The song was written by Lennon in January 1966, after reading The Psychedelic Experience: A Manual Based On The Tibetan Book Of The Dead by Timothy Leary, Richard Alpert and Ralph Metzner, and consuming LSD. The title for the song never appeared in the song's lyrics, but came from a malapropism spoken by Ringo Starr in an interview. An original working title for the song was "The Void", mentioned in the lyrics. Lennon said, "That's me in my Tibetan Book Of The Dead period, and the expression 'Tomorrow Never Knows' was another of [Ringo's malapropisms] which was like A Hard Day's Night, and take the edge off of the heavy philosophical lyrics."
Lennon first played the song to Brian Epstein, George Martin and the other Beatles at Epstein's house in Belgravia. McCartney remembered that even though the song was only one chord of C, George Martin accepted it and said that it was "rather interesting". The song's harmonic structure is derived from Indian music, and is based upon a C drone. The "chord" over the drone is generally C major, with some changes to B flat major.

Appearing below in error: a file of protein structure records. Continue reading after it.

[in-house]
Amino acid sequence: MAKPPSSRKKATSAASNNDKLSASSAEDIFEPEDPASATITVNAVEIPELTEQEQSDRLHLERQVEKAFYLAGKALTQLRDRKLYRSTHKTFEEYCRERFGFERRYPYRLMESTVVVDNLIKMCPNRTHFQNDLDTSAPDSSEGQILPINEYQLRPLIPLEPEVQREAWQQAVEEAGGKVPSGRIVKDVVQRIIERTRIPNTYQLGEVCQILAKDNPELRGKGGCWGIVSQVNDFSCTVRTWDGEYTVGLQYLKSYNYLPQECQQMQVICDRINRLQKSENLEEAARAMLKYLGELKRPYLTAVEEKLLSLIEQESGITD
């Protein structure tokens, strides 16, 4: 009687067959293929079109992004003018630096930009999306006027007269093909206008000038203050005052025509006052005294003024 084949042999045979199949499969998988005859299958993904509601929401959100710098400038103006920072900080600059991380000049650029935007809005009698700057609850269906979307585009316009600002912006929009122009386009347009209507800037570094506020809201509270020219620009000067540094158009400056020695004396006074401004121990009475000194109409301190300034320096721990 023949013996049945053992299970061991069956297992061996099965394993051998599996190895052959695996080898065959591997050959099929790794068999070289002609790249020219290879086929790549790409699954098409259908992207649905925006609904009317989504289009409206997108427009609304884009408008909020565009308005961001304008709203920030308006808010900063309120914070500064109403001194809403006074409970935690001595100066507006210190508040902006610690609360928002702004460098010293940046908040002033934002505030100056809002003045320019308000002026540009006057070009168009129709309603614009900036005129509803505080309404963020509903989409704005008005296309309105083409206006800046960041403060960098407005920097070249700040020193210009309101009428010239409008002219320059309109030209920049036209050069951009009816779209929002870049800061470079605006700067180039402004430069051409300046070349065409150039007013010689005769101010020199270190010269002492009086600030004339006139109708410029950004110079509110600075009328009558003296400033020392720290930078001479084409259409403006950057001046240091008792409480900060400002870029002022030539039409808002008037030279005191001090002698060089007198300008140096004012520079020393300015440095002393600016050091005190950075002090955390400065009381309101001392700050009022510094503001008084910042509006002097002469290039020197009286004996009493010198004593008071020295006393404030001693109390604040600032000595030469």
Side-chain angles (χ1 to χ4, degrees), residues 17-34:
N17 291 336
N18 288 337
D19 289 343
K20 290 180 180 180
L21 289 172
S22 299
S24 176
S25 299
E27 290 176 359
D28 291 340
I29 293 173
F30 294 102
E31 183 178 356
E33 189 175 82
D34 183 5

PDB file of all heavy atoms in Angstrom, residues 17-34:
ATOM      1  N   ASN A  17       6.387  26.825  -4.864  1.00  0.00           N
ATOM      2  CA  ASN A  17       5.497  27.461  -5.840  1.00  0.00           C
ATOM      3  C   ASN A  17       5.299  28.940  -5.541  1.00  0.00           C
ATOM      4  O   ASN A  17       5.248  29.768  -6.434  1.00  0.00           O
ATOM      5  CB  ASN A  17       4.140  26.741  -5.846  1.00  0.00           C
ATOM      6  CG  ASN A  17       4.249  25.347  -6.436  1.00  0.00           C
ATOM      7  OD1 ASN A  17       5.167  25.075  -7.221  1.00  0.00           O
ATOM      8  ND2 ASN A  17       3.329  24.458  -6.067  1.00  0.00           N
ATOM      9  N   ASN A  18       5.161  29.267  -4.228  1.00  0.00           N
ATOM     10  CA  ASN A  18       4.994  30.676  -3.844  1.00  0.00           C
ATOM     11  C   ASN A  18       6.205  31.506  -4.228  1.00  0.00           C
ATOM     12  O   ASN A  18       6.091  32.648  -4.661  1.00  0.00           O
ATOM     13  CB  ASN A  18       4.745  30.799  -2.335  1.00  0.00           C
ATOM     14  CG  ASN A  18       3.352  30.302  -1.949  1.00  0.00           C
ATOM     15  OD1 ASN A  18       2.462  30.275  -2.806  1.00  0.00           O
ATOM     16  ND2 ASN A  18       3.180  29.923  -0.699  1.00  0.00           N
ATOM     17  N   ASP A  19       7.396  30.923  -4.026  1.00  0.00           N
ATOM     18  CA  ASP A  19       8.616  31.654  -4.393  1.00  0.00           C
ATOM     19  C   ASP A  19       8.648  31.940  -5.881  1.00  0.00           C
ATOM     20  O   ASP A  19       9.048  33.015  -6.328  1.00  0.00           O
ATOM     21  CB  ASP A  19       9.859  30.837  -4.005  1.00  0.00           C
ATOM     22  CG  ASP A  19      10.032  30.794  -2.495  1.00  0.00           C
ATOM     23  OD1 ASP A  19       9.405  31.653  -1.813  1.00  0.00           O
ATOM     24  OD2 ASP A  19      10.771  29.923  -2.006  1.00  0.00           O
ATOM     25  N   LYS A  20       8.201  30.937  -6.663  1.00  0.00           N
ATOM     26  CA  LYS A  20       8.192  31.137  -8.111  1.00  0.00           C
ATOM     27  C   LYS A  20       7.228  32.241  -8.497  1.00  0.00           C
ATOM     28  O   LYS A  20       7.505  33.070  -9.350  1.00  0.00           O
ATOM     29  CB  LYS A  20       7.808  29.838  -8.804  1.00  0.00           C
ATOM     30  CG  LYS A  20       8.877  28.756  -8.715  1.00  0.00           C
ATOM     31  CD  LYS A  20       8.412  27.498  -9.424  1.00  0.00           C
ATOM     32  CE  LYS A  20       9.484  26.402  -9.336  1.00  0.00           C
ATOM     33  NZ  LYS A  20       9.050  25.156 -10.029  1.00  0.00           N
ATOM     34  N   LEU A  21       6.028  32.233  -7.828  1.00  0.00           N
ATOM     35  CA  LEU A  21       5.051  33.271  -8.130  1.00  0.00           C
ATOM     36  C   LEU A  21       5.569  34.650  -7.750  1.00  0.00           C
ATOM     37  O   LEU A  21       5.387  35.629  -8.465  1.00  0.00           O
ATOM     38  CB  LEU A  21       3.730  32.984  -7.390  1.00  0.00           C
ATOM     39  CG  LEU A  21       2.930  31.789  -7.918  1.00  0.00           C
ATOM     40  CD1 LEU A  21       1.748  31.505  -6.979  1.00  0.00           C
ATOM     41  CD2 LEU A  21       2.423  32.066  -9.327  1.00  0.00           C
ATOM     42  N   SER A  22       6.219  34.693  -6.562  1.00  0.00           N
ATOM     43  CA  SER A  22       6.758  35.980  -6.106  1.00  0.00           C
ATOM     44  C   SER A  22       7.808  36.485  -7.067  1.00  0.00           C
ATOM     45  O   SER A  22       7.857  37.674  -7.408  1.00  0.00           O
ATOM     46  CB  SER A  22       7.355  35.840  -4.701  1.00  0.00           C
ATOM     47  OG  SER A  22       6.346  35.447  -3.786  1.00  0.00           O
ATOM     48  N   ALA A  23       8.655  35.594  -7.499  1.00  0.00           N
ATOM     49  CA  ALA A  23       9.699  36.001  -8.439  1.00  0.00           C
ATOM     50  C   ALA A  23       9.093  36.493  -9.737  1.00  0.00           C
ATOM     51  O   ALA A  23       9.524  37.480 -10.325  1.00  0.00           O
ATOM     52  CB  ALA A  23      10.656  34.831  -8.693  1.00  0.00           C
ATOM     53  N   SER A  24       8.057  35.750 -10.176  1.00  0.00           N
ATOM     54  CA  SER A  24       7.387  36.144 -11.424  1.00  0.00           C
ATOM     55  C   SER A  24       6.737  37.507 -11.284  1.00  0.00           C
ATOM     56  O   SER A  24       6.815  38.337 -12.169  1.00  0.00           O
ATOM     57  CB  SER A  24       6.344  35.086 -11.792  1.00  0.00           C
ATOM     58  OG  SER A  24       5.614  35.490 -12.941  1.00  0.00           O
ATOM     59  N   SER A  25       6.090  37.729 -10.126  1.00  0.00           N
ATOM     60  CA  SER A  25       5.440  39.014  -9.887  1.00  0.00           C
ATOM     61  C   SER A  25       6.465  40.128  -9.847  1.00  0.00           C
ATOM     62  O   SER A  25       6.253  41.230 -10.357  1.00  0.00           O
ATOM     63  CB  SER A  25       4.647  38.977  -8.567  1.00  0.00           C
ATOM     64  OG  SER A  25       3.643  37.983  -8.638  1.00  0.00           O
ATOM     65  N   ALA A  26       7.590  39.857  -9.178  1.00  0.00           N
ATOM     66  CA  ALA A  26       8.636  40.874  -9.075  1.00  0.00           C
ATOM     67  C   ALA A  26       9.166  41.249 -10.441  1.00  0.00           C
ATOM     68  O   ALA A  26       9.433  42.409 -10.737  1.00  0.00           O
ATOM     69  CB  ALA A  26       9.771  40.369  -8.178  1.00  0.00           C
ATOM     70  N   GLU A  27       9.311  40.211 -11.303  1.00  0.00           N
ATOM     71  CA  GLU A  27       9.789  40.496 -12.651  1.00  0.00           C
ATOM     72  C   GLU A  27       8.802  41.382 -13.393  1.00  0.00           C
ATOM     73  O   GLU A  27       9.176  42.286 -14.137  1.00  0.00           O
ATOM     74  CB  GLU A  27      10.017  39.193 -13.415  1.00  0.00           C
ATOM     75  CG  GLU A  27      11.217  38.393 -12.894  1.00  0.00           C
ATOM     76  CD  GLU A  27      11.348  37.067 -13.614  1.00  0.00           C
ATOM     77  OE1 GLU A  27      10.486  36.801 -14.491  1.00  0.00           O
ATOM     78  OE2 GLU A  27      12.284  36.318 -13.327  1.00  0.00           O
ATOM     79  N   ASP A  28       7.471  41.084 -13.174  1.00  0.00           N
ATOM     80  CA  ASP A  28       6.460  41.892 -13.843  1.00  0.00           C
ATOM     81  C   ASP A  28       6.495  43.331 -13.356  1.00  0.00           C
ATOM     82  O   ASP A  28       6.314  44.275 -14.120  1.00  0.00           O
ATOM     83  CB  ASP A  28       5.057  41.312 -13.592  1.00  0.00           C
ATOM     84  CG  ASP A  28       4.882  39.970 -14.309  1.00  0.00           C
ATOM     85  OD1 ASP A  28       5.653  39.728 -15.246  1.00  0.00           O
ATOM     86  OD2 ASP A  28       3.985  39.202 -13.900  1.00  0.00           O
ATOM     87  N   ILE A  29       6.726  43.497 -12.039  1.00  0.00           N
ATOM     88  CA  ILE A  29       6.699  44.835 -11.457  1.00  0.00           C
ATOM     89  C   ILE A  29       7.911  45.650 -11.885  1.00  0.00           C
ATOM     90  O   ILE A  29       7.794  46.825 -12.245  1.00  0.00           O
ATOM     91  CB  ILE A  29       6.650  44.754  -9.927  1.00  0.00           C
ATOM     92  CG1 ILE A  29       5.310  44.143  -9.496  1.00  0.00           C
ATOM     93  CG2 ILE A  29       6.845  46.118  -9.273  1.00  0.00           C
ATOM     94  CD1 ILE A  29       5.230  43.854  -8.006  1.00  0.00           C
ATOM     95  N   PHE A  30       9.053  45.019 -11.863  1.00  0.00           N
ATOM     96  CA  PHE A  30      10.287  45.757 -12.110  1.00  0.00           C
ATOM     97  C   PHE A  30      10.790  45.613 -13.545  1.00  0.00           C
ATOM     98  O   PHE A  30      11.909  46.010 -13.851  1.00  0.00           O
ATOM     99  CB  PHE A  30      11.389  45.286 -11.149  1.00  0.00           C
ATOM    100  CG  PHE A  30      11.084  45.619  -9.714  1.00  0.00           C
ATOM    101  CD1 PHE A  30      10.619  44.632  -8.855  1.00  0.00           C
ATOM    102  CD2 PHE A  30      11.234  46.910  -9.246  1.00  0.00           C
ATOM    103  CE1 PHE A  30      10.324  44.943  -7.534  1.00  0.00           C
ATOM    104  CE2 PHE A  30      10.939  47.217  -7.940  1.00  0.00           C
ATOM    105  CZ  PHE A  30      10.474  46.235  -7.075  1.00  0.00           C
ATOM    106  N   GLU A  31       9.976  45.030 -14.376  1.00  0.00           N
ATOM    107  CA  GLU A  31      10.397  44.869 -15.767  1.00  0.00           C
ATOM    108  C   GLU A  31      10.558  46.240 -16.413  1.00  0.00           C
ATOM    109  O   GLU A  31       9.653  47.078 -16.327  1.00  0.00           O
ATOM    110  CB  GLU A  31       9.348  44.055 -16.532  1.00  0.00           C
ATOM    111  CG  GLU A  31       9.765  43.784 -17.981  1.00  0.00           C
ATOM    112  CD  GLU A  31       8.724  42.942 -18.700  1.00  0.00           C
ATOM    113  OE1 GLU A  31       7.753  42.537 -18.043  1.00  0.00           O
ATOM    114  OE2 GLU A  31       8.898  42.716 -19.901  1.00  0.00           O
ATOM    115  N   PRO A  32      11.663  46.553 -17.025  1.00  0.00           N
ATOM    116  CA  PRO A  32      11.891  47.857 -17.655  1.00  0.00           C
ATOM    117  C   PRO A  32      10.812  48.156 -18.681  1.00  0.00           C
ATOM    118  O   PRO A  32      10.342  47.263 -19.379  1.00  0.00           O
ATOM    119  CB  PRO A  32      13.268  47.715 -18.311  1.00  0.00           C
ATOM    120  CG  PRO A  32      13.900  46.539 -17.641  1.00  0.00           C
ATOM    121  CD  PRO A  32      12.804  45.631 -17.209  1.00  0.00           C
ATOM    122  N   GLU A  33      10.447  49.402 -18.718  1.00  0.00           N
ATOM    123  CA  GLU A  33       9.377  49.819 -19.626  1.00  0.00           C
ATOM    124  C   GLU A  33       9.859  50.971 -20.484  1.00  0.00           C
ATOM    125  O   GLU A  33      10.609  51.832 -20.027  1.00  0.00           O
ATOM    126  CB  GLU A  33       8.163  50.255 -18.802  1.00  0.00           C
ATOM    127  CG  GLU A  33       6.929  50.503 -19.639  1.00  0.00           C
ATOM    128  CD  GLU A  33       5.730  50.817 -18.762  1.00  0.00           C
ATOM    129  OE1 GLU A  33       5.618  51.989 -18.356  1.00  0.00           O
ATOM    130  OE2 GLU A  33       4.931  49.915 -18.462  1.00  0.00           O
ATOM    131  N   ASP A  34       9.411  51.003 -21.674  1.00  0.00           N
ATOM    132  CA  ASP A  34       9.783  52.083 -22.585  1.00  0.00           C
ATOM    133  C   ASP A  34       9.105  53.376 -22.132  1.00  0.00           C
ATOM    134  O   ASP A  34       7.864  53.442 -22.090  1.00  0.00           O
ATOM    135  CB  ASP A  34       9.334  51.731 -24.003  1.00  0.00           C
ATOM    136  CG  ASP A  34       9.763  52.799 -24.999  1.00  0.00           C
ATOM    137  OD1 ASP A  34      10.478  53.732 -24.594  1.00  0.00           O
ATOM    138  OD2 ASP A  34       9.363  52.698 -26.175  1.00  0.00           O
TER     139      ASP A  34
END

Lennon told producer Martin that he wanted the vocals to sound like one hundred chanting Tibetan monks, which was a difficult task for Martin with the equipment available. Geoff Emerick, the newly hired engineer, replacing Norman Smith, suggested putting Lennon's voice through a Leslie speaker, the speaker usually wired up to a Hammond organ. This gave Lennon's voice the vibrato effect heard after the instrumental. The studio technical manager Ken Townsend created the world's first ADT system, and it was used on Lennon's vocals in place of doing a second take of the vocals, a process Lennon hated.
As one of the first pieces of psychedelic rock, the song uses various experimental tape loops, as well as reversed cymbals, processed drums and vocals, and sitar and a tamboura drone, similar to George's later composition, "Within You Without You". Tape loops were made by McCartney at home, after experimenting with tape recorders. These tape loops contained a seagull effect (which was actually Paul's laughter), an orchestral chord in B flat, a rapid sitar-sounding scale, the guitar solo from "Taxman" (transposed down two), and a few other sounds.